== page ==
The Cambodian government says it will establish a joint committee to investigate the killing of environmentalist Chut Wutty and a military policeman last week.
Military police commander Sao Sokha told VOA Khmer on Monday the committee will include officials form the ministries of the Interior and Justice, as well as the Council of Ministers and the military police.
Chut Wutty, 48, and two local journalists had been investigating illegal logging at a remote area in the province when they were stopped by security forces who demanded their cameras.
Shots were fired after a lengthy argument between Chut Wutty and the officials, who appeared to be military policemen. Chut Wutty was ultimately fatally wounded along with the military policeman, In Ratana.
Authorities had said last week that In Ratana had fatally shot Chut Wutty then turned the gun on himself, but witnesses say he was shot twice in the chest, making that unlikely.
Sao Sokha said the investigation will uncover the “real situation” behind the shooting, but he did not have details to when the investigation would begin.
Chut Wutty’s son, Cheuy Oudom Reaksmey, said he did not believe the killer was In Ratana, or than In Ratana had shot himself twice, and he called for a full investigation to bring the killer to justice.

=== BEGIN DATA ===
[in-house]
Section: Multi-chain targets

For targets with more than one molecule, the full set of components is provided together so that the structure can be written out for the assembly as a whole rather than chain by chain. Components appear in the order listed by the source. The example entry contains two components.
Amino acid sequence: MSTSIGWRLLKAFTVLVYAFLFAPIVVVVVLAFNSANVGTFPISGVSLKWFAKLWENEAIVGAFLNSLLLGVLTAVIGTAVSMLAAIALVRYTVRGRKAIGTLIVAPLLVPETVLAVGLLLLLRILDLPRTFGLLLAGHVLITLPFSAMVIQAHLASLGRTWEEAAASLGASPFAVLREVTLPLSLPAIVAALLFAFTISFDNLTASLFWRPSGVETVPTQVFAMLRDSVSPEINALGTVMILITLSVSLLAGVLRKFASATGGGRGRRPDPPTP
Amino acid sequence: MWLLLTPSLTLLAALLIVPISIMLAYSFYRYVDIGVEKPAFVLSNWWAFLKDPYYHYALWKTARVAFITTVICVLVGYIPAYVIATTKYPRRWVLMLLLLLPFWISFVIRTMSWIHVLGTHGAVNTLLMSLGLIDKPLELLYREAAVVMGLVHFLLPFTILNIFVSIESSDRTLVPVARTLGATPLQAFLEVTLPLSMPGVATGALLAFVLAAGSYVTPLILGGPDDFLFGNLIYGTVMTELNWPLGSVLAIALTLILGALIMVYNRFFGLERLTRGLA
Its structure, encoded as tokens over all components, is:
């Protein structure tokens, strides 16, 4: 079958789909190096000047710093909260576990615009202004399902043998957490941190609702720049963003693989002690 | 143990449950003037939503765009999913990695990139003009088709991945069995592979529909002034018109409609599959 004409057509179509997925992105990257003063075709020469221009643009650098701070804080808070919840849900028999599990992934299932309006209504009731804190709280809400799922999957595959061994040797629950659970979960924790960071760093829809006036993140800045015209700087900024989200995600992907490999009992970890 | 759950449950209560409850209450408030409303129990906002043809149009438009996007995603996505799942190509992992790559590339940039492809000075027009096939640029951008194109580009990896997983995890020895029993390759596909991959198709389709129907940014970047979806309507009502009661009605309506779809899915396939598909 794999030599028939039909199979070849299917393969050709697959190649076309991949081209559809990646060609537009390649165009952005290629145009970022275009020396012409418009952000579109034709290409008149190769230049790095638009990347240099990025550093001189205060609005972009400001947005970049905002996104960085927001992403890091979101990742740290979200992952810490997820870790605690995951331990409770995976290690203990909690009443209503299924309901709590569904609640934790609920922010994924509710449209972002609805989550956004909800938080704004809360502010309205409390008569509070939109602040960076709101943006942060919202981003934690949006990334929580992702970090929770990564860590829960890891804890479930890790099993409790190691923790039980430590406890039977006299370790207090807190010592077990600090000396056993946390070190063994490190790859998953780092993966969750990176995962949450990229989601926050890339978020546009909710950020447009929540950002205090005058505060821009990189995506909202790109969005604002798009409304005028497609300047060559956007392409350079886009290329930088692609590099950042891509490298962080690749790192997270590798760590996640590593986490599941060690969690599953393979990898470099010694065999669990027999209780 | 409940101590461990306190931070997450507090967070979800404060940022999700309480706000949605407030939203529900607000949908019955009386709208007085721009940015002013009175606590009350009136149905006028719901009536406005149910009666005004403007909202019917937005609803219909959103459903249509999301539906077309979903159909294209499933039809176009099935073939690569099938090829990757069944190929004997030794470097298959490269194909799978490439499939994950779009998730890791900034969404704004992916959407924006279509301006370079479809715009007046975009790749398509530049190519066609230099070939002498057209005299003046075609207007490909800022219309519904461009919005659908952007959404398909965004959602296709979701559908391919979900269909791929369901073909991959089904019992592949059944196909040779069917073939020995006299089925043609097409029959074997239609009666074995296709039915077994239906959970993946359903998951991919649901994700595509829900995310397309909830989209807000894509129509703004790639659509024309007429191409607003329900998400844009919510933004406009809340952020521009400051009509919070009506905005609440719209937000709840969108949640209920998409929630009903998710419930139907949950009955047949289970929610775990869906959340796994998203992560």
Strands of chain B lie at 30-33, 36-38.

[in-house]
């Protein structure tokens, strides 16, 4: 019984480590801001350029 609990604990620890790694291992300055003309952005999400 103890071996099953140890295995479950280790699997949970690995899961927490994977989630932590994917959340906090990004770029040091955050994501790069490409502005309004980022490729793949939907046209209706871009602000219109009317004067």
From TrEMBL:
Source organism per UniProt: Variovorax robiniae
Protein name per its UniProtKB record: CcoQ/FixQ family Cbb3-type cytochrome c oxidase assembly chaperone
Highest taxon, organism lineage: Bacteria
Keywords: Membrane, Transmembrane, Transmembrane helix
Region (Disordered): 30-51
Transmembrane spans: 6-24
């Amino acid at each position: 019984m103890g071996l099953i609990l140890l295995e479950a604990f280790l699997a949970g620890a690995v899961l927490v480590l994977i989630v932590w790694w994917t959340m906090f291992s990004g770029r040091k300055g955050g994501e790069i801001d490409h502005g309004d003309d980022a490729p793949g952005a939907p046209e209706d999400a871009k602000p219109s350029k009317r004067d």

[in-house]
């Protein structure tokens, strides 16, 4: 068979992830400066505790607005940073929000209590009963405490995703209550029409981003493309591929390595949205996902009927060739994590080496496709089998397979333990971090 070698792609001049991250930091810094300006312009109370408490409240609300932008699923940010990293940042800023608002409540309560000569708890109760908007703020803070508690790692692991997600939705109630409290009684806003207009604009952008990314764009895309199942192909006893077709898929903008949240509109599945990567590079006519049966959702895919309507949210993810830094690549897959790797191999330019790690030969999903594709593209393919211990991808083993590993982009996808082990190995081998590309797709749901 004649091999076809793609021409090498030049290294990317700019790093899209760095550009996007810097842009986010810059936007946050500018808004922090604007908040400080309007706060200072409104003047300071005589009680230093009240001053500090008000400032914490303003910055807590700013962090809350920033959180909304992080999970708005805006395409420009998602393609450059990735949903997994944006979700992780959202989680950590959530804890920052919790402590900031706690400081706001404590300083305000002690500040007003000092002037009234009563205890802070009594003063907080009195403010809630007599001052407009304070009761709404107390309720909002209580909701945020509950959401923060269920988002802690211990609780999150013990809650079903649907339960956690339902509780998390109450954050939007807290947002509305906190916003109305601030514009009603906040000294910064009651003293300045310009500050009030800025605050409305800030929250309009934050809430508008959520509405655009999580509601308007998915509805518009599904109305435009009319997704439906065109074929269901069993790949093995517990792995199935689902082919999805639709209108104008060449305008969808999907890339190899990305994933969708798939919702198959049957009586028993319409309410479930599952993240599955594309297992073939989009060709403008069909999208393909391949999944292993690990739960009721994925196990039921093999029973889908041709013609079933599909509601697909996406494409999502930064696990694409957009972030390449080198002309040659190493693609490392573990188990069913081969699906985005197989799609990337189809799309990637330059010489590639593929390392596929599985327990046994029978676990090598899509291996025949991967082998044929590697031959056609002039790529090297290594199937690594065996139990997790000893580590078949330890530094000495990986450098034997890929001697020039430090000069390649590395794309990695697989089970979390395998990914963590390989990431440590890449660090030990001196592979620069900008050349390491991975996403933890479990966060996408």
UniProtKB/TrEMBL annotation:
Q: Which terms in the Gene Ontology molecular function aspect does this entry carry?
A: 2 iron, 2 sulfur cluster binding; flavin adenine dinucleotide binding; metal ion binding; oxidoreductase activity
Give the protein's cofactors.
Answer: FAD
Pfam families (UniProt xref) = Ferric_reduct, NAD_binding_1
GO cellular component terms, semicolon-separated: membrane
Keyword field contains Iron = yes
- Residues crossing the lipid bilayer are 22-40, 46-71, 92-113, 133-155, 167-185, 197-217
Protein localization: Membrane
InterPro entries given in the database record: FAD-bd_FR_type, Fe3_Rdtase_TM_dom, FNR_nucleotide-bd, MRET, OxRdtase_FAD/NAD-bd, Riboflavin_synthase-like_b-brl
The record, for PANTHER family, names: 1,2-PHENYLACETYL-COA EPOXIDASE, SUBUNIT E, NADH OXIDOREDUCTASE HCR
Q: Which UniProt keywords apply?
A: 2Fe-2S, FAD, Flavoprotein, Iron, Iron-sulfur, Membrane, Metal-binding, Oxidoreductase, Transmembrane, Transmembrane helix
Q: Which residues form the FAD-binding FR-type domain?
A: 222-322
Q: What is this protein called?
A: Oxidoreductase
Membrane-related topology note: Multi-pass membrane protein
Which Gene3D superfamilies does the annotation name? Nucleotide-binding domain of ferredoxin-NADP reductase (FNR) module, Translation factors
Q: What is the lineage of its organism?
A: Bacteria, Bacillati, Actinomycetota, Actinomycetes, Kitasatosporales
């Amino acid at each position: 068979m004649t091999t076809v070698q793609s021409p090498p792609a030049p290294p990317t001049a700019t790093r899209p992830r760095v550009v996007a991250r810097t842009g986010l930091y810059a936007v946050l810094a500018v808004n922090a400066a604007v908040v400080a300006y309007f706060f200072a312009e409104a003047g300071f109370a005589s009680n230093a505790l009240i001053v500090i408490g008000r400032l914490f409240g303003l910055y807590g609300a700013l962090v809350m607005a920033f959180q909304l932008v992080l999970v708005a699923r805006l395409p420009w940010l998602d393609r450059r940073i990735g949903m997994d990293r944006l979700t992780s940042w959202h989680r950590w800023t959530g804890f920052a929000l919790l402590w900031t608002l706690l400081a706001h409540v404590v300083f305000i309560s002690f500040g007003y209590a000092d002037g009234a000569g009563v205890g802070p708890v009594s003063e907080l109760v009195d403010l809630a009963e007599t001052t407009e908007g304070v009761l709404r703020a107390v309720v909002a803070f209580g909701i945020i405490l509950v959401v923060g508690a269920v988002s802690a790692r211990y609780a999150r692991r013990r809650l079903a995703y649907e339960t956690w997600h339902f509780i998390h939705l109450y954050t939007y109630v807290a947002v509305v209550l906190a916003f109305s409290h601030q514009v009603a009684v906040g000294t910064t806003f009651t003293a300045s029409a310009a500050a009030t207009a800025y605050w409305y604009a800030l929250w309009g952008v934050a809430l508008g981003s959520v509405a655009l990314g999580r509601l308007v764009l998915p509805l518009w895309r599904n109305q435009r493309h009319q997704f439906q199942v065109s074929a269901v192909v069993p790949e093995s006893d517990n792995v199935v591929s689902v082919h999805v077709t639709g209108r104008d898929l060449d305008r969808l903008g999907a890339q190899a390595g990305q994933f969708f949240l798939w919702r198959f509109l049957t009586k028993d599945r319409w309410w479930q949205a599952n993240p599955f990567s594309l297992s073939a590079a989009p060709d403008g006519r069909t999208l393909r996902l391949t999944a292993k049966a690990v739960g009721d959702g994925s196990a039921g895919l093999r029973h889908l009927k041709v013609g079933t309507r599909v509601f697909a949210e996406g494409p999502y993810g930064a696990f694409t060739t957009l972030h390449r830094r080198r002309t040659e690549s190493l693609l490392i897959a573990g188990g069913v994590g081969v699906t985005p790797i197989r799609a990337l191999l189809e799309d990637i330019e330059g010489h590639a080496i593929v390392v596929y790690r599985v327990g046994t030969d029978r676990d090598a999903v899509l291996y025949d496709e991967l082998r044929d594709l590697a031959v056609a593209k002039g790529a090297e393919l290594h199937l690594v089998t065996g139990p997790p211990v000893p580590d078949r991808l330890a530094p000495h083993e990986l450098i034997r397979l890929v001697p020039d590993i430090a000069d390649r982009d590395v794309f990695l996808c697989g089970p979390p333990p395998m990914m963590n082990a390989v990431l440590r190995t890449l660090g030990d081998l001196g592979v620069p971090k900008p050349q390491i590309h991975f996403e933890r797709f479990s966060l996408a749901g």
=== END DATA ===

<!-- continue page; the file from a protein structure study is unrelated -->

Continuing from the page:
“I would like to request both the international and national communities find justice for my patriotic father,” the son said Friday, as he wept. “He’s well known in Cambodia, so please find him justice, find the real killer.”
Chut Wutty was the director of the Natural Resource Protection group and had acted as an environmental advocate and researcher. He had been sharply critical of government officials and military forces engaged in deforestation.
“I conclude that the shooting of Wutty was to shut him up by businessmen and powerful people who are doing business in the central Cardamom forest, because he was once arrested there,” said Chhim Savuth, a project coordinator with the Cambodian Center for Human Rights, who worked closely with Chut Wutty on educating forest communities about their rights to protest their land.
Chut Wutty had been threatened in the past, but he could not be stopped, nor bribed, said Marcus Hardtke, a program coordinator for ARA, a German conservation group that supported Chut Wutty’s work.
Hardtke said the “biggest tragedy” would be for others “not to stand up, not to speak up,” he said. “It would be the opposite of what he wanted. People should take him as an example. We need a few thousand Chut Wuttys now in Cambodia.”